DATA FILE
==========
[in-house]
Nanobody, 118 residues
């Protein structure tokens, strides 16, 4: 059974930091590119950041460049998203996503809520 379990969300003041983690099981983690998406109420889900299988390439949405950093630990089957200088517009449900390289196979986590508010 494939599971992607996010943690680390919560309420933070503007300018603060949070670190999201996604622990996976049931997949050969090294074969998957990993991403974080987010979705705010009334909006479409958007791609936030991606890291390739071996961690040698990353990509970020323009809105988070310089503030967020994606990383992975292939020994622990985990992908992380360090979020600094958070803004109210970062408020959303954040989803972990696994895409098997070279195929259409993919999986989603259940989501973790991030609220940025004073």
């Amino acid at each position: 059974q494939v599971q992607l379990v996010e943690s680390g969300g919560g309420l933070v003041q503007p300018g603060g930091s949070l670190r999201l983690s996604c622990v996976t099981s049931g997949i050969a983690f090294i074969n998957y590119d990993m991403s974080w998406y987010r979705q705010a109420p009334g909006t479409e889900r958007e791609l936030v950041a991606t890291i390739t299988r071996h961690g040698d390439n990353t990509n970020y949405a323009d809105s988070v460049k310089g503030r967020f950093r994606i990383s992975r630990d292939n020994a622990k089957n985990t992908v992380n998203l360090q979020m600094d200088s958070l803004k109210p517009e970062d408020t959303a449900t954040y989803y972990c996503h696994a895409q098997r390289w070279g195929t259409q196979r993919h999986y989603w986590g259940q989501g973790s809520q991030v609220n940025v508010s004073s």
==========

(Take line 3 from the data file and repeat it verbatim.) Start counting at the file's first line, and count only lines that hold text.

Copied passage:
């Protein structure tokens, strides 16, 4: 059974930091590119950041460049998203996503809520 379990969300003041983690099981983690998406109420889900299988390439949405950093630990089957200088517009449900390289196979986590508010 494939599971992607996010943690680390919560309420933070503007300018603060949070670190999201996604622990996976049931997949050969090294074969998957990993991403974080987010979705705010009334909006479409958007791609936030991606890291390739071996961690040698990353990509970020323009809105988070310089503030967020994606990383992975292939020994622990985990992908992380360090979020600094958070803004109210970062408020959303954040989803972990696994895409098997070279195929259409993919999986989603259940989501973790991030609220940025004073």